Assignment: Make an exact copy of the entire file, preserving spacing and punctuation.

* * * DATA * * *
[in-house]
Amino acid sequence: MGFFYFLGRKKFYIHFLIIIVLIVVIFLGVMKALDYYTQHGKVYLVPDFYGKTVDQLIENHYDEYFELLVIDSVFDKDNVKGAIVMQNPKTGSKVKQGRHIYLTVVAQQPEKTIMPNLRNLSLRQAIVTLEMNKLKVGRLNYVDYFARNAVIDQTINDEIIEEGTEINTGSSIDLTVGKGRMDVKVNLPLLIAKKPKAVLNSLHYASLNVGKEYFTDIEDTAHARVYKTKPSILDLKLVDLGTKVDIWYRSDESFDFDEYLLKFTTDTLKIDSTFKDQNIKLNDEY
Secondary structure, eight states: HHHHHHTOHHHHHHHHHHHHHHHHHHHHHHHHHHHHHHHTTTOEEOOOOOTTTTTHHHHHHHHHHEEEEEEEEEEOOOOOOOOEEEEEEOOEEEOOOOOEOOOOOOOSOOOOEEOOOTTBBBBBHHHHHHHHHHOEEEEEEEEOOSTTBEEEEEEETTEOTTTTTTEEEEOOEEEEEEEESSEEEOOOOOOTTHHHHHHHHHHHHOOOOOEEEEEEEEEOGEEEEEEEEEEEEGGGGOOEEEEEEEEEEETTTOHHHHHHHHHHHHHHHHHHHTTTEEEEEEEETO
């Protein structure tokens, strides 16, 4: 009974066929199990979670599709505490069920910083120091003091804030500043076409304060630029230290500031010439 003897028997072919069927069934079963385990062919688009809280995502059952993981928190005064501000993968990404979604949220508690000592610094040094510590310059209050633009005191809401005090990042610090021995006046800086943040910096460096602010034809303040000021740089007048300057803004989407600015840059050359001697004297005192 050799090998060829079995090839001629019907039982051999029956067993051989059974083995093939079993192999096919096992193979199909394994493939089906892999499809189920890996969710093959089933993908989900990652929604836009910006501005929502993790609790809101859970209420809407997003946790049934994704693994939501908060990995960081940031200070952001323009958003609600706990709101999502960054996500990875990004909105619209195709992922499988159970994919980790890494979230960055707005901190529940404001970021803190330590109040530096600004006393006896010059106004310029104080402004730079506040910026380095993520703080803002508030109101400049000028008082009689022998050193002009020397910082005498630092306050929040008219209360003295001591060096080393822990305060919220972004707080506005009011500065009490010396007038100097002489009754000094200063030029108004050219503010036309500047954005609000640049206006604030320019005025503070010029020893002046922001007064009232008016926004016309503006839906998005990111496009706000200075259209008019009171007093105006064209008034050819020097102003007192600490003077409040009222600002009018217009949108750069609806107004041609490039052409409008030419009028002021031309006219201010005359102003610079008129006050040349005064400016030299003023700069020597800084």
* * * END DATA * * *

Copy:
[in-house]
Amino acid sequence: MGFFYFLGRKKFYIHFLIIIVLIVVIFLGVMKALDYYTQHGKVYLVPDFYGKTVDQLIENHYDEYFELLVIDSVFDKDNVKGAIVMQNPKTGSKVKQGRHIYLTVVAQQPEKTIMPNLRNLSLRQAIVTLEMNKLKVGRLNYVDYFARNAVIDQTINDEIIEEGTEINTGSSIDLTVGKGRMDVKVNLPLLIAKKPKAVLNSLHYASLNVGKEYFTDIEDTAHARVYKTKPSILDLKLVDLGTKVDIWYRSDESFDFDEYLLKFTTDTLKIDSTFKDQNIKLNDEY
Secondary structure, eight states: HHHHHHTOHHHHHHHHHHHHHHHHHHHHHHHHHHHHHHHTTTOEEOOOOOTTTTTHHHHHHHHHHEEEEEEEEEEOOOOOOOOEEEEEEOOEEEOOOOOEOOOOOOOSOOOOEEOOOTTBBBBBHHHHHHHHHHOEEEEEEEEOOSTTBEEEEEEETTEOTTTTTTEEEEOOEEEEEEEESSEEEOOOOOOTTHHHHHHHHHHHHOOOOOEEEEEEEEEOGEEEEEEEEEEEEGGGGOOEEEEEEEEEEETTTOHHHHHHHHHHHHHHHHHHHTTTEEEEEEEETO
């Protein structure tokens, strides 16, 4: 009974066929199990979670599709505490069920910083120091003091804030500043076409304060630029230290500031010439 003897028997072919069927069934079963385990062919688009809280995502059952993981928190005064501000993968990404979604949220508690000592610094040094510590310059209050633009005191809401005090990042610090021995006046800086943040910096460096602010034809303040000021740089007048300057803004989407600015840059050359001697004297005192 050799090998060829079995090839001629019907039982051999029956067993051989059974083995093939079993192999096919096992193979199909394994493939089906892999499809189920890996969710093959089933993908989900990652929604836009910006501005929502993790609790809101859970209420809407997003946790049934994704693994939501908060990995960081940031200070952001323009958003609600706990709101999502960054996500990875990004909105619209195709992922499988159970994919980790890494979230960055707005901190529940404001970021803190330590109040530096600004006393006896010059106004310029104080402004730079506040910026380095993520703080803002508030109101400049000028008082009689022998050193002009020397910082005498630092306050929040008219209360003295001591060096080393822990305060919220972004707080506005009011500065009490010396007038100097002489009754000094200063030029108004050219503010036309500047954005609000640049206006604030320019005025503070010029020893002046922001007064009232008016926004016309503006839906998005990111496009706000200075259209008019009171007093105006064209008034050819020097102003007192600490003077409040009222600002009018217009949108750069609806107004041609490039052409409008030419009028002021031309006219201010005359102003610079008129006050040349005064400016030299003023700069020597800084």